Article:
With CBS/Turner Sports having the template for producing and televising the NCAA Men’s Basketball Tournament down pat in its seventh year, it’s time to take a look at how they did in the first week of March Madness 2017. For the most part, CBS/Turner elected to stay pat for most of its announcing lineup and it has paid dividends. There have been a few additions such as Debbie Antonelli, Lisa Byington, Steve Lavin and host Casey Stern, but overall, this has been a cast of holdovers on the CBS/Turner consortium.

Let’s take a look at what’s worked and what hasn’t worked for this year’s tournament. This year, we’ll add a”Most Hilarious Moments” category as well.



As we told you yesterday, the opening week for the 2017 NCAA Tournament was the most-watched since 1993. Bolstered by some compelling games on Sunday, viewership for the first week of the tournament averaged 9.325 million viewers an increase of 10% from last year. But without Duke playing in the second week, can these numbers be sustained? We’ll find out.


The studios in both Atlanta and New York have done yeoman’s work during the first week. Casey Stern made his tournament debut in 2017 at Turner Sports headquarters and formed a cohesive team with Seth Davis, Brendan Haywood and various rotating analysts.

Haywood made valid points and it was good to see CBS Sports Network and MSG Network analyst Wally Szczerbiak making the move to the New York side this past weekend filling in for both Charles Barkley and Kenny Smith after working the First Four games on truTV the past few years.

Szczerbiak was the only analyst to pick Wisconsin to beat Villanova on Saturday.

Ernie Johnson and Greg Gumbel are pros at handling the main desk in New York and hand off well to Clark Kellogg, Charles Barkley and Kenny Smith. This has probably been the smoothest year for the studio.


Ian Eagle, Kevin Harlan and Brian Anderson continue to be play-by-play standouts for CBS/Turner. Spero Dedes had the fortune to have a couple of great games in the Sacramento pod on Sunday.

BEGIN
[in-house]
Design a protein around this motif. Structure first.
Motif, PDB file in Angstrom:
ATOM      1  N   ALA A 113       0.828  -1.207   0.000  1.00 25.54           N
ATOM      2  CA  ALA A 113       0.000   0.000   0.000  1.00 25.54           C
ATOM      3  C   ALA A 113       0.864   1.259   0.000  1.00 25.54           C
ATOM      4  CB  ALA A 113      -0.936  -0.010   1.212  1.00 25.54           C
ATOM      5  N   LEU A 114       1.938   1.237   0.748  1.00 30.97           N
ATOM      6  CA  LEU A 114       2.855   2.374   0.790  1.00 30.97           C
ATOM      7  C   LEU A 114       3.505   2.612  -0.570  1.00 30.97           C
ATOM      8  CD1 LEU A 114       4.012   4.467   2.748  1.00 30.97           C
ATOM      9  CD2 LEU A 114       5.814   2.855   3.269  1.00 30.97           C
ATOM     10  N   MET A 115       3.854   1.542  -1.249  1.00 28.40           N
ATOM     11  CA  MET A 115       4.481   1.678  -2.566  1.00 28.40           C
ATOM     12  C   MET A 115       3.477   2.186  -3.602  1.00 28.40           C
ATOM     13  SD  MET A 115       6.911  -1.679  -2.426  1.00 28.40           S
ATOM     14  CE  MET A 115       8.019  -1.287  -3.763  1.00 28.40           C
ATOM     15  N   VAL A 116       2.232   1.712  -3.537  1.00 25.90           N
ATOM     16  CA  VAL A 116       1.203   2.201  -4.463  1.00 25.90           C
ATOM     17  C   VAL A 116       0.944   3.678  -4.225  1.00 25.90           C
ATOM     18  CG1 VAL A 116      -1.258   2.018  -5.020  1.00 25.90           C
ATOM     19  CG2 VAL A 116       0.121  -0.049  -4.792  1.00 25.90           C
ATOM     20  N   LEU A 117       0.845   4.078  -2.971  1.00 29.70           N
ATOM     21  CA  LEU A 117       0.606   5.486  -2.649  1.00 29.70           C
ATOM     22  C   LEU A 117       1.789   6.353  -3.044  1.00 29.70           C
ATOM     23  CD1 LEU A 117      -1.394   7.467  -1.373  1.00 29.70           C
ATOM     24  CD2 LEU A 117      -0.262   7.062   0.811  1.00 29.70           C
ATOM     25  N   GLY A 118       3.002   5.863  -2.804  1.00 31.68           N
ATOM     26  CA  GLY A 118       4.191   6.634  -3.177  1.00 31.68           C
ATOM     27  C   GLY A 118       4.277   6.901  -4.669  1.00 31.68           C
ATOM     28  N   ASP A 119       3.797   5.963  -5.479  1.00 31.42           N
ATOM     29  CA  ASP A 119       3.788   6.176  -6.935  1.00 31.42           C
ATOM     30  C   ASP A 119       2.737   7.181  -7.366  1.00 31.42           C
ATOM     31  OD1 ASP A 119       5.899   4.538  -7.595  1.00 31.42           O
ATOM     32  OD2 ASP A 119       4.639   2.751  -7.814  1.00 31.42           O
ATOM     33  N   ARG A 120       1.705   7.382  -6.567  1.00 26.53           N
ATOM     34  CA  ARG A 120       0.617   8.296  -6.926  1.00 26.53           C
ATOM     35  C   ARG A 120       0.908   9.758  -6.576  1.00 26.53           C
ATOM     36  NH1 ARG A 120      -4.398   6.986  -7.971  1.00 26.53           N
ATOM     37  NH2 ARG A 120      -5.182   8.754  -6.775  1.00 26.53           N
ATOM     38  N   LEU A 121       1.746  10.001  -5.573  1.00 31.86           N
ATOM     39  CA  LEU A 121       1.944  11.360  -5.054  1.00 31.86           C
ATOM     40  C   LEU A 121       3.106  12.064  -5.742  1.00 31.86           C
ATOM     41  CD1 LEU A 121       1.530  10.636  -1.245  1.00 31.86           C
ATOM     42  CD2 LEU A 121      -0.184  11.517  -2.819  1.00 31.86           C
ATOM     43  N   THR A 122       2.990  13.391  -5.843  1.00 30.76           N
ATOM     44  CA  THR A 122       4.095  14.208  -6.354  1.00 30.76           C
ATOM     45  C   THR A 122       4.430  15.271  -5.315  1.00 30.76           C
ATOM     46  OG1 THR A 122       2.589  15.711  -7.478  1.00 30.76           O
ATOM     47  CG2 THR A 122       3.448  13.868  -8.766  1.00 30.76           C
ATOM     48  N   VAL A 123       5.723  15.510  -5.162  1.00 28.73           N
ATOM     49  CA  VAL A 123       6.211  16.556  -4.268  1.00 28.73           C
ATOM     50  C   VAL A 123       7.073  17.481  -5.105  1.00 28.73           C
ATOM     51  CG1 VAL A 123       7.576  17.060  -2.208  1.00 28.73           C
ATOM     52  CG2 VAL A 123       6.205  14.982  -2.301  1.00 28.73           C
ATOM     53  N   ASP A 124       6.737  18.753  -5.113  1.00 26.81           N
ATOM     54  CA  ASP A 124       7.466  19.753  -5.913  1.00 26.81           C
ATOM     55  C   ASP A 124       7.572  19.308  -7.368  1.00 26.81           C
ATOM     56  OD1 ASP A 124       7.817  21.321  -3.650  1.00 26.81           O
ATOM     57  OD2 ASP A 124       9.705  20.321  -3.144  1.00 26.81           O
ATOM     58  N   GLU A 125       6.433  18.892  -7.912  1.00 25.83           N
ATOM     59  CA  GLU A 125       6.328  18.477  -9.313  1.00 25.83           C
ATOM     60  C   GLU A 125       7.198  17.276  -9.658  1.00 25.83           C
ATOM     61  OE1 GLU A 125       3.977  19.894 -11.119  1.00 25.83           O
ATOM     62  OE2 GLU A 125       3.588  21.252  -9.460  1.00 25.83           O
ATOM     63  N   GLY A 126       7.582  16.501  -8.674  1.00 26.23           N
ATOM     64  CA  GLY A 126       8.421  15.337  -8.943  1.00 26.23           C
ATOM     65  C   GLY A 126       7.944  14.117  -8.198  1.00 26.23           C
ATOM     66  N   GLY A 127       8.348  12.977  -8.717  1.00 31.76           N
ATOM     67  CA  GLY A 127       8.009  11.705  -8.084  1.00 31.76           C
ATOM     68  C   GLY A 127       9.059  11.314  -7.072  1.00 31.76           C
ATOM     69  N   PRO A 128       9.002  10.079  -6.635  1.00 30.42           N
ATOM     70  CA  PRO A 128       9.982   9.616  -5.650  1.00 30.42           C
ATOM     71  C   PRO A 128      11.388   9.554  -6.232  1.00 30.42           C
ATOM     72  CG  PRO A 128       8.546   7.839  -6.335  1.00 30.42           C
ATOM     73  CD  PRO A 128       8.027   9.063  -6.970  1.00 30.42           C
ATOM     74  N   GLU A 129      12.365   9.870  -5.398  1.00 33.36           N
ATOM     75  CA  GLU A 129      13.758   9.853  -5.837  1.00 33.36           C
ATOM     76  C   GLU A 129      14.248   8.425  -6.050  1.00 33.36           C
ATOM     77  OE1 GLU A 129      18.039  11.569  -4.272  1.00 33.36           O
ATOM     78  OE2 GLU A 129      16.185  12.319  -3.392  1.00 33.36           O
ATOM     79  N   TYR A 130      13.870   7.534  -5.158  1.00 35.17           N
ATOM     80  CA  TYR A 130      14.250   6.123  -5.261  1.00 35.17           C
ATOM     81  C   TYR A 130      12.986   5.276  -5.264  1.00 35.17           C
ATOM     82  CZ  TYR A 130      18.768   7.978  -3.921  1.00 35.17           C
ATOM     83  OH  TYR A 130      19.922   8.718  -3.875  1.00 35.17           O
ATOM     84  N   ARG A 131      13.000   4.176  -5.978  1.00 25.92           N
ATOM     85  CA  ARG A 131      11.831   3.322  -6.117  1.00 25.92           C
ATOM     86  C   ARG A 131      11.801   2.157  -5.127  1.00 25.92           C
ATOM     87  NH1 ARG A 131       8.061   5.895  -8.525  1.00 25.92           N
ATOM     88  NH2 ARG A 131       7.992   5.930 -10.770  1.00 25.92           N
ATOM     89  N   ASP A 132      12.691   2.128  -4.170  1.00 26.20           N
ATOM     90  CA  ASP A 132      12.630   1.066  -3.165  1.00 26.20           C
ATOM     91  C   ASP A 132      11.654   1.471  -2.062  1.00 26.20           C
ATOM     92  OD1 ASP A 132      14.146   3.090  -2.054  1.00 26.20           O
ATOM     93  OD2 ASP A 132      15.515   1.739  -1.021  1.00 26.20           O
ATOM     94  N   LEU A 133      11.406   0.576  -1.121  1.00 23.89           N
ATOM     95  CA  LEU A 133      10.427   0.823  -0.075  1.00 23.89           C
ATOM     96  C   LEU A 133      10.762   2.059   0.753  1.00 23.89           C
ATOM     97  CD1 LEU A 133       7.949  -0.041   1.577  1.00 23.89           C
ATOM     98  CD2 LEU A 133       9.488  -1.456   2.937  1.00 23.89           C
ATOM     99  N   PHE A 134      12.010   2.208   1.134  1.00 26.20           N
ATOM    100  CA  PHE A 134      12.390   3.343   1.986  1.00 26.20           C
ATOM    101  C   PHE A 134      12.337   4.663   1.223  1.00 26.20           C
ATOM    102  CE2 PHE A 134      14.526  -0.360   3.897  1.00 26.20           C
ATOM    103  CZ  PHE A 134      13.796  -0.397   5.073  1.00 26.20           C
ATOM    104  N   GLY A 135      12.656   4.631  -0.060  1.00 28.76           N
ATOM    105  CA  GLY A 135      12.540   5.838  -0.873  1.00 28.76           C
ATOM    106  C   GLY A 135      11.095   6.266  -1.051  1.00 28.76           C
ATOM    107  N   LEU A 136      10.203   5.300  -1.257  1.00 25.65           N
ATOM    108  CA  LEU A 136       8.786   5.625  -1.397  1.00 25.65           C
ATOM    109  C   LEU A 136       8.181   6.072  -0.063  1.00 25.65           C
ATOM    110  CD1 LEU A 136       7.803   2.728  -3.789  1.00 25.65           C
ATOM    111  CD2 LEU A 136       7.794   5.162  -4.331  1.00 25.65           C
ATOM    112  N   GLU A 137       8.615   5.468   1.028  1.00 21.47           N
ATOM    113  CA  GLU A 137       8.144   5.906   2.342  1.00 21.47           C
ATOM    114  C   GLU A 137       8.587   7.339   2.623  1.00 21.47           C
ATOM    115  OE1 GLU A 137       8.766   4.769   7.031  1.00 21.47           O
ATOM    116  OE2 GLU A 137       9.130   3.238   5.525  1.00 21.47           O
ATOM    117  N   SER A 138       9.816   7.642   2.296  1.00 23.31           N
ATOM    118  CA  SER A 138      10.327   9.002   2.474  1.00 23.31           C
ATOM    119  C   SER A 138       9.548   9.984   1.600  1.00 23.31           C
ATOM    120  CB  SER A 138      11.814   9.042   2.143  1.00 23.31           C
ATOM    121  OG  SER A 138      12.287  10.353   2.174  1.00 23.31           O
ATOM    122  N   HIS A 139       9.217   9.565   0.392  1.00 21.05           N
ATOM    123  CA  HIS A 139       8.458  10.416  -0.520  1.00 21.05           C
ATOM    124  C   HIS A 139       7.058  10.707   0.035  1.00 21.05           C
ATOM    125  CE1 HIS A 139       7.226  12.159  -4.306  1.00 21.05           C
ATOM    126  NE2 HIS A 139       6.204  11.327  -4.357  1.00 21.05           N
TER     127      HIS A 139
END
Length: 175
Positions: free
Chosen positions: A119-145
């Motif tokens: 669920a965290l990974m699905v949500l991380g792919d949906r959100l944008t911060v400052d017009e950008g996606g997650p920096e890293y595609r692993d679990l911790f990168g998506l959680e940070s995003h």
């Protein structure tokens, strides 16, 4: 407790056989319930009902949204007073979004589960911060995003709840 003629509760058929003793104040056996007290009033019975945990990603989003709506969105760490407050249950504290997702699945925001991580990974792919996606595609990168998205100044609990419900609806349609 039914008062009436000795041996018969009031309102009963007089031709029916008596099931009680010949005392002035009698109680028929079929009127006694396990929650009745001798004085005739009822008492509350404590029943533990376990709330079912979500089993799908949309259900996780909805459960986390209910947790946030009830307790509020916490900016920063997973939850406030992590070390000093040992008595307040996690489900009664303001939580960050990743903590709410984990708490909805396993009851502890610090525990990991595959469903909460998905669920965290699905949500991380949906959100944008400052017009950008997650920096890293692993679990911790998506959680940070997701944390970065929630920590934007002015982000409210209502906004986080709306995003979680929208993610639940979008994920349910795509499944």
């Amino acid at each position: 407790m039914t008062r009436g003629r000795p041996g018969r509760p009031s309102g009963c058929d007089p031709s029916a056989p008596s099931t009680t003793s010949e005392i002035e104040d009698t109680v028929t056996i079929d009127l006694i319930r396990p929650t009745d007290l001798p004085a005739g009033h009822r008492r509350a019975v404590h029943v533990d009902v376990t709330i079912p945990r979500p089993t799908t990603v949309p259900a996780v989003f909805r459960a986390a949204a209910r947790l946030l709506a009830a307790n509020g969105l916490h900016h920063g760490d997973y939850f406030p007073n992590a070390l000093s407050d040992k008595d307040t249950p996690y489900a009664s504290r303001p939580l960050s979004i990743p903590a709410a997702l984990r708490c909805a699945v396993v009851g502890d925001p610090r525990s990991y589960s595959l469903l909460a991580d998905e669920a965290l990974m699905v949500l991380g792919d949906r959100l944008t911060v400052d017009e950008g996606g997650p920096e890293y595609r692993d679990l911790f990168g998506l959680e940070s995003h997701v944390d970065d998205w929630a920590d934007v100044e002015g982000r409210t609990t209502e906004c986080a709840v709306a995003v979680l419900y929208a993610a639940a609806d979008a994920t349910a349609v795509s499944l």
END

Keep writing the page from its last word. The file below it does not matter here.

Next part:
Bill Raftery and Grant Hill have become a solid analyst team. They work well off each other and make for a good listen.

In his first year on the NCAA Tourament, Steve Lavin showed he has the potential to become a mainstay with CBS/Turner. Partnered with Ian Eagle, Lavin was on top of trends and bench moves.

Bringing in Debbie Antonelli was a good move by CBS. She made salient points and worked well with Mike Gminski on analysis.


In her second year on the NCAA Tournament, Ros Gold-Onwude continues to impress. She doesn’t ask cliched questions and attempts to go beyond the hackneyed “How do you feel/What was in your mind” queries. She deserves the opportunity to go the regional finals.

Lewis Johnson who works for the Pac-12 Network during college basketball season is very smooth on the sidelines.



If you have an announcer with the resume of Brad Nessler and you don’t use him, that is a massive oversight. CBS Sports Chair Sean McManus basically said there’s no room at the inn this year. Let’s hope that is rectified in 2018. Nessler should be calling at least the first week of the tournament.


The unforunate slip of the tongue by analyst Jim Spanarkel saying “I’ve learned not to argue with pretty women.” If you aren’t aware of what happened, you can read our recap here.


CBS mic sharing

CBS was hit with another power failure during the last minute of the Michigan-Oklahoma State game forcing Tracy Wolfson into emergency play-by-play and then causing Jim Nantz, Grant Hill and Bill Raftery to share one microphone. It wasn’t a power failure of the proportions of Super Bowl XLVII at the Superdome, but it seems to be CBS’ misfortune to get hit with outages at the most inopportune moments.



With so many timeouts in the final moments of games, CBS/Turner tends to play the same AT&T commercials over and over again. The AT&T unlimited plus ads featuring Greg Gumbel and Wedding Singer/Hangover singer Dan Finnerty are not only annoying, they make you want to punch your TV. I would embed the ads here, but you don’t want to be reminded of a negative so I won’t.

And the ads that feature the guy quoting movie and TV lines at every turn are even worse. If he ever came into my elevator shouting “Hodor! Hodor!” I would close the door on his hands. The AT&T ads are seemingly played in every break and they have become unbearable very quickly.

It’s understandable that CBS/Turner have to make their money back on their rights fees, but playing these AT&T commercials ad nauseum is not helping the viewing experience.


Verne Lundquist gets hit with a basketball before the West Virginia-Notre Dame game,

Brendan Haywood and Charles Barkley go at it during a crossover between the Atlanta and New York studios when the Chuckster denied that Haywood was a shot blocker.

And that wraps up this latest edition of “The Good, Bad and Ugly.”

About Ken Fang

Ken has been covering the sports media in earnest at his own site, Fang's Bites since May 2007 and at Awful Announcing since March 2013.

He provides a unique perspective having been an award-winning radio news reporter in Providence and having worked in local television.

Fang celebrates the four Boston Red Sox World Championships in the 21st Century, but continues to be a long-suffering Cleveland Browns fan.